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Lancet. 2001 Oct 13;358(9289):1208-12.

Gain in bone mineral mass in prepubertal girls 3.5 years after discontinuation of calcium supplementation: a follow-up study.

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Division of Bone Diseases (WHO Collaborating Centre for Osteoporosis and Bone Diseases), Department of Internal Medicine, University Hospital, Geneva, Switzerland.



Calcium supplementation during childhood and adolescence increases bone-mass accrual. Whether or not this benefit persists after discontinuation of supplementation is not known. We previously showed a favourable effect of milk-extracted calcium phosphate incorporated in various foods on accumulation of bone mineral mass in 8-year-old girls. We now report the results of a follow-up study undertaken more than 3 years after the end of calcium supplementation.


Anthropometric and bone variables were measured in 116 of the 144 girls whose data had been studied at the end of the supplementation period. The mean time elapsed between the end of the intervention period and this follow-up measurement was 3.5 years. Areal bone mineral density was measured by dual-energy X-ray absorptiometry at the same six skeletal sites as those studied during the intervention phase.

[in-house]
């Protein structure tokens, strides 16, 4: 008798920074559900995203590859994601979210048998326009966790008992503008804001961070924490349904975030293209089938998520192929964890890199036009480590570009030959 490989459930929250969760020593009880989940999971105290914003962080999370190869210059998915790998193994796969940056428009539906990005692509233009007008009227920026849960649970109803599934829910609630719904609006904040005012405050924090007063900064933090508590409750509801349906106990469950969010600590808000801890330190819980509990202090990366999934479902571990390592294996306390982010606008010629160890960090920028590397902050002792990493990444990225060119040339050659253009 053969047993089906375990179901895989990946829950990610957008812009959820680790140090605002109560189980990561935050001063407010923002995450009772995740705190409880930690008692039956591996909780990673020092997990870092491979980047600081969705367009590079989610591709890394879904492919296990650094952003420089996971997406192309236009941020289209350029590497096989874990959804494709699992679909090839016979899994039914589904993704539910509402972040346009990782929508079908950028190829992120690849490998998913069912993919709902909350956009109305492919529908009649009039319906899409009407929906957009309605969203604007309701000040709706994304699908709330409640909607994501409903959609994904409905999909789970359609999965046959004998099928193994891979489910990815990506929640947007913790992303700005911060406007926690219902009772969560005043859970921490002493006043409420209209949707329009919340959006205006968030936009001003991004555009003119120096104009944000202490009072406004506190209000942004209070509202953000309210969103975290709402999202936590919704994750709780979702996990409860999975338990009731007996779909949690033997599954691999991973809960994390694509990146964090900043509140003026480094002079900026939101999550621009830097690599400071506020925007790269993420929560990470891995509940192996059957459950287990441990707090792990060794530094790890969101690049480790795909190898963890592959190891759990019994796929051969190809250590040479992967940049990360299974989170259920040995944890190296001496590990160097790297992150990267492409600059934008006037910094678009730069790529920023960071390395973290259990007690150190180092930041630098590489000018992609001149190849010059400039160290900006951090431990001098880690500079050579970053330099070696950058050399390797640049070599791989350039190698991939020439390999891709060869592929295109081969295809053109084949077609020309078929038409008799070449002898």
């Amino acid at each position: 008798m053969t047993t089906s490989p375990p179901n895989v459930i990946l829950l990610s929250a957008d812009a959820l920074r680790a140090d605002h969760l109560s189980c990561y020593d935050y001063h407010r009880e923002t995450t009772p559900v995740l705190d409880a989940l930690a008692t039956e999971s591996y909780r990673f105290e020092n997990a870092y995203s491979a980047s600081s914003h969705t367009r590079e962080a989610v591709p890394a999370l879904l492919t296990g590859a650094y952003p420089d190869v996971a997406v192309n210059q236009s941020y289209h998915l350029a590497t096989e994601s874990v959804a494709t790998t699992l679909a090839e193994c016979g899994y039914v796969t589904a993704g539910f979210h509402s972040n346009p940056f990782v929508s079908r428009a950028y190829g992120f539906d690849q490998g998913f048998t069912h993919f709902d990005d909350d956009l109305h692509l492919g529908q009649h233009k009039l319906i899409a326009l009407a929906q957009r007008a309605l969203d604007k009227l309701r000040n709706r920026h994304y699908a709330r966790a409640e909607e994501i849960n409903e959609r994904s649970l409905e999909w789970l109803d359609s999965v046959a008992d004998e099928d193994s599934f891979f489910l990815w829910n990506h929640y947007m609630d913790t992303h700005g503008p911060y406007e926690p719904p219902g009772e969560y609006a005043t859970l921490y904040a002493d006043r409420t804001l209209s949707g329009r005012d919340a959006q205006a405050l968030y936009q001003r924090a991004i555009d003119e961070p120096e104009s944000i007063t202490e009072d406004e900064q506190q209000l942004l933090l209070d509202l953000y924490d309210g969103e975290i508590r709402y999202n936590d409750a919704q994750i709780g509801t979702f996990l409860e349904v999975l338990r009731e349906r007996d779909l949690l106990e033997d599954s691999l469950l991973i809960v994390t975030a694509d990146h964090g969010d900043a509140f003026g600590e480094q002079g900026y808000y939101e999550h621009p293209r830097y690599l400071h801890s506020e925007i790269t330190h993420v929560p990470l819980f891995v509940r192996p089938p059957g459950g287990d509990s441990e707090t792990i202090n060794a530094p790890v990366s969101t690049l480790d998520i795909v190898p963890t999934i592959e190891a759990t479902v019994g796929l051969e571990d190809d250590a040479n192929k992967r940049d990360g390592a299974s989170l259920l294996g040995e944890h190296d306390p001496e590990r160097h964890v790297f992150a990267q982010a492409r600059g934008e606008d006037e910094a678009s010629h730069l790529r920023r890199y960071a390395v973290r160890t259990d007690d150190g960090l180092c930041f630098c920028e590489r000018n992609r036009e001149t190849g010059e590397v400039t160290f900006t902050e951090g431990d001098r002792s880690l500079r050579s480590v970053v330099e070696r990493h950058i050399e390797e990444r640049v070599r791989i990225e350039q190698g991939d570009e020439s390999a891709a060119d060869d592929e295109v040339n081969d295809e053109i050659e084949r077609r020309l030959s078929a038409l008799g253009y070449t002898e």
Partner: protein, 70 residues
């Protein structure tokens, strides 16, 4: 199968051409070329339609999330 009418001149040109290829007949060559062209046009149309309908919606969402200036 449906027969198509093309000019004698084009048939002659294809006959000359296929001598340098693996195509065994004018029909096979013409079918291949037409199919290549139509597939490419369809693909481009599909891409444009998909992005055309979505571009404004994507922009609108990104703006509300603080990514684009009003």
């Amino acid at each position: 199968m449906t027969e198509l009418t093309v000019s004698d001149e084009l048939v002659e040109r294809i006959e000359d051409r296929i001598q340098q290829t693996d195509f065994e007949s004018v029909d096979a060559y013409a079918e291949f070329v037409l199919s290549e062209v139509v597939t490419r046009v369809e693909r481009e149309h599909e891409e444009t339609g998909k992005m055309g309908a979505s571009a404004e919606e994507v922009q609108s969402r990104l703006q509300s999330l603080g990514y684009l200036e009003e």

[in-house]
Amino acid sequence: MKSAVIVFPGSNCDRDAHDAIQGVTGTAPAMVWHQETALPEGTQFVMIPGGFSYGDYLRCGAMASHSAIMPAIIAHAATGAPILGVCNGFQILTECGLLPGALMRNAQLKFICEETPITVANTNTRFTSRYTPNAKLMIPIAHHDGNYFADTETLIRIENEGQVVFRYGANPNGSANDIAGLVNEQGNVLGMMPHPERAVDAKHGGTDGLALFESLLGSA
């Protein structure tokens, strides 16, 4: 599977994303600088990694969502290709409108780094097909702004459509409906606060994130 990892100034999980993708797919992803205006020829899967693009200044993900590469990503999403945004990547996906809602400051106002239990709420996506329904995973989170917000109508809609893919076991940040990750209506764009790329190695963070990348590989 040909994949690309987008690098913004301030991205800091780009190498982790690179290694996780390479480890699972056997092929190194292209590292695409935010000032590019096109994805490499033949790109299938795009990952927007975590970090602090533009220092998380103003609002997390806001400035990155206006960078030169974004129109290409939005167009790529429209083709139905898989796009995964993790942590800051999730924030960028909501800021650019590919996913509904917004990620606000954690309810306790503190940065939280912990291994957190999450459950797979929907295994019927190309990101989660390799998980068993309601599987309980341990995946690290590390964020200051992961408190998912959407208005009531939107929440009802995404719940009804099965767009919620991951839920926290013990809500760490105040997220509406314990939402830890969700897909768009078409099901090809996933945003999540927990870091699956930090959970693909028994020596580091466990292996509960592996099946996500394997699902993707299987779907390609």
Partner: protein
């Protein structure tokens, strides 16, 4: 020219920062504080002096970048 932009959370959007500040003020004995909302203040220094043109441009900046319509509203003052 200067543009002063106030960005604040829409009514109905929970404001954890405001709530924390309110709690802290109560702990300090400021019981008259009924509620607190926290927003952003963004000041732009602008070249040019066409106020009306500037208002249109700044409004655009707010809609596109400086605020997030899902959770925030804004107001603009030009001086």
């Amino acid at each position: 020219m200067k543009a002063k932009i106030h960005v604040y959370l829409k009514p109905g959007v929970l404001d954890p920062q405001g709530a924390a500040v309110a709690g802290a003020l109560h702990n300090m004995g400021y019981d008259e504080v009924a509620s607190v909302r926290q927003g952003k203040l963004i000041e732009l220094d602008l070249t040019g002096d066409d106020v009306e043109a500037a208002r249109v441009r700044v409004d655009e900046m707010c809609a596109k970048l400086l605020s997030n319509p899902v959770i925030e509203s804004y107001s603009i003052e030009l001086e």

We were able to remeasure 62 and 54 girls of the calcium-supplemented and placebo groups, respectively. The increase from baseline in the overall mean bone mineral density of the six skeletal sites was still highly significant (calcium-supplemented group 179 mg/cm(2) [SE 8] vs placebo group 151 mg/cm(2) [7], p=0.012). A significant difference in favour of the supplemented group was also seen with respect to mean bone mineral content (p=0.031) and mean bone area (p=0.04). Difference in pubertal maturation did not seem to account for the recorded differences.


Our results suggest that this form of milk-extracted calcium phosphate taken during the prepubertal period can modify the trajectory of bone mass growth and cause a long-standing increase in bone mass accrual, which lasts beyond the end of supplementation.

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